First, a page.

“2015 wasn’t as hot as 2003 or 2011, but it was still consistently hot and dry, with intense, constant sunlight during the growing season. Picking at ideal maturation was critical because waiting even just three or four days more led to overripe grapes,” says Lorenzo Magnelli, co-owner/winemaker of the family-run Le Chiuse. “When grapes are overripe, you lose the elegance, precision and freshness of a quintessential Brunello.”

Magnelli, among the first to harvest in his area north of Montalcino, made a standout 2015.

The Ugly

Although some producers are understandably hyping up the 2015 vintage—the polar opposite of cool and wet 2014—it’s not one of the best vintages of all time for Brunello. The number of unbalanced wines with blistering alcohol and cooked fruit shows how Sangiovese suffers in hot, dry vintages, which has become the new normal. And this isn’t a question of personal preference. The majority of these high-octane wines don’t have the fruit and fresh acidity to balance them out. It makes them a chore to consume, and they lack aging potential.

If picking when grapes were overripe resulted in brawny, one-dimensional wines, producers that picked too early ended up with lean wines with raw fruit sensations.

“Sangiovese has difficulty defending itself in hot years,” says enologist Paolo Salvi. “Turning the soil to keep the ground moist, careful canopy management and not defoliating too much to avoid exposing grapes to the sun are crucial.”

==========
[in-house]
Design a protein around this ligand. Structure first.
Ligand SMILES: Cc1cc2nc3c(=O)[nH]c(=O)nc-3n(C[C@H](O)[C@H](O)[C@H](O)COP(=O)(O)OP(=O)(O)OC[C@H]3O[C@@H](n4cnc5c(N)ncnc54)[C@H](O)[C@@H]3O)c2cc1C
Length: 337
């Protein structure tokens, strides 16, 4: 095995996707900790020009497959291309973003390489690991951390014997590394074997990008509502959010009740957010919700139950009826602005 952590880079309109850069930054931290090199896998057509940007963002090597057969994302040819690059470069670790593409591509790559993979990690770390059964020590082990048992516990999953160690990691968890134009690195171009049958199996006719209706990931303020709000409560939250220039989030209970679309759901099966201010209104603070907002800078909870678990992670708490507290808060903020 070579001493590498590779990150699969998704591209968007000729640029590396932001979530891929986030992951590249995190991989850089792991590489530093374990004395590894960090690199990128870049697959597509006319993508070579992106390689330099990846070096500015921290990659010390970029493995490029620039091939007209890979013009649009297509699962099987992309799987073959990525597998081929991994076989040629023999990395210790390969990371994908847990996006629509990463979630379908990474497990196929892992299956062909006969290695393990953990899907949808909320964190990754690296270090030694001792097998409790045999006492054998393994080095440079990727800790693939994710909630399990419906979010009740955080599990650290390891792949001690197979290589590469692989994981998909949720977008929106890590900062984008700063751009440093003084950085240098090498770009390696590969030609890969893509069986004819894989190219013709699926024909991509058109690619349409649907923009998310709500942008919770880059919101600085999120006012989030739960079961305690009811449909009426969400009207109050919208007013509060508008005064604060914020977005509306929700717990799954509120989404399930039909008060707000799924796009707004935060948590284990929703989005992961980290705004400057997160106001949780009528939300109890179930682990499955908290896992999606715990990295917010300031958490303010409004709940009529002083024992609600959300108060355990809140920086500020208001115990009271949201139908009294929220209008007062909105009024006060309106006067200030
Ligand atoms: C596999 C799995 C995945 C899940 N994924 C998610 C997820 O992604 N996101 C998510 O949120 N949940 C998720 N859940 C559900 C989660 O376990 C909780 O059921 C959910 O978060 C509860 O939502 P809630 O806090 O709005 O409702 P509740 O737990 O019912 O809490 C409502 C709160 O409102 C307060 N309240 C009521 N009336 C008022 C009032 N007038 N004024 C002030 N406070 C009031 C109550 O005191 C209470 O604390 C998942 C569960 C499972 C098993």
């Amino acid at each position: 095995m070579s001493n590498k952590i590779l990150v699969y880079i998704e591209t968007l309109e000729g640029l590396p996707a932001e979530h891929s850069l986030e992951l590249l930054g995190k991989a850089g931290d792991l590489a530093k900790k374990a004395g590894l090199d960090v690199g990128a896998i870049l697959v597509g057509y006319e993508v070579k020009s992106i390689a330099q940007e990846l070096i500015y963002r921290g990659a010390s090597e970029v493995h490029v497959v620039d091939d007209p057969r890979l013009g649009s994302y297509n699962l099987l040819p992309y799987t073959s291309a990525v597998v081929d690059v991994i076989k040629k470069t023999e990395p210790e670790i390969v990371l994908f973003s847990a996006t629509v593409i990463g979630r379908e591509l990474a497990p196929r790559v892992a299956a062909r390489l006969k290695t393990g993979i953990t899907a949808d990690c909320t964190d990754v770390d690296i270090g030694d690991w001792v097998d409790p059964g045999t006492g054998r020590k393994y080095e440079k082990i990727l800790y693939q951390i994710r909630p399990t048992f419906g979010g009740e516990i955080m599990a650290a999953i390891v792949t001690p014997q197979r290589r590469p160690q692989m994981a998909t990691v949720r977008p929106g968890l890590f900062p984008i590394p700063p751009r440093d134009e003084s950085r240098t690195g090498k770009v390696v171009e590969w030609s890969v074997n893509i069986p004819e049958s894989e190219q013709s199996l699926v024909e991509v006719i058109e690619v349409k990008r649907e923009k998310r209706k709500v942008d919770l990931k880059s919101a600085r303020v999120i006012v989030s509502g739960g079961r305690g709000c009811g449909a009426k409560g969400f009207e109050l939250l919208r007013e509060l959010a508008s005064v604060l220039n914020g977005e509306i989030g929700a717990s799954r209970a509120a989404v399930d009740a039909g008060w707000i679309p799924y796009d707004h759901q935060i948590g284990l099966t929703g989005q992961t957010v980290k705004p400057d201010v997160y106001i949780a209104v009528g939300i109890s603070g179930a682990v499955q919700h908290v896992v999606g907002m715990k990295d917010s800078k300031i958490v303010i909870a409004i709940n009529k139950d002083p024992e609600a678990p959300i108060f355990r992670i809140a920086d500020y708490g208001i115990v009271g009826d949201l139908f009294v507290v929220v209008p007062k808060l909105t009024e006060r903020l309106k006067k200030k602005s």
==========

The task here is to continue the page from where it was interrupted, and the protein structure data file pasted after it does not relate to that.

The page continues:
Salvi, who tasted for years with the late Sangiovese maestro Giulio Gambelli, collaborates with various Tuscan estates like Le Potazzine in Montalcino.

“I recently tried about a hundred 2015 Brunellos and despite the heat, overall the year was better than I expected, thanks to the commitment of producers,” he says. “So while it ended up a good year, it’s not one to go crazy over.”

Thankfully, despite the challenges, some producers nailed it and made exceptional 2015 Brunellos with juicy fruit, freshness and balance. While some show good aging potential, most of the top wines will need just a few years to come around, but should maintain well for another eight to 10 years.

The Great

The 2016 vintage on the other hand (out in 2021), promises to be a truly outstanding year in Montalcino thanks to near perfect growing conditions for Sangiovese. Barrel tastings show 2016 has the potential for fragrant, structured and focused wines that boast finesse and serious longevity.

My Top 2015 Brunellos

Il Marroneto Madonna delle Grazie (LLS-Winebow) $300, 100 points. Cellar Selection.
Ciacci Piccolomini d’Aragona Pianrosso (Indigenous Selections) $79, 98 points. Cellar Selection.
Conti Costanti (Empson USA Ltd) $150, 98 points.
Fuligni (Empson USA Ltd) $80, 98 points. Editors’ Choice.
Le Chiuse (Frederick Wildman & Sons) $110, 98 points.
Le Potazzine (Skurnik Wines, Inc.) $100, 97 points.
Armilla (Omniwines Distribution) $70, 96 points. Editors’ Choice.
Castelgiocondo (Shaw-Ross International Importers) $75, 96 points. Editors’ Choice.
Le Ragnaie Casanovina Montosoli (Vine Street Imports) $175, 96 points. Cellar Selection.
Talenti (Wolfpack Worldwide LLC) $50, 96 points. Editors’ Choice.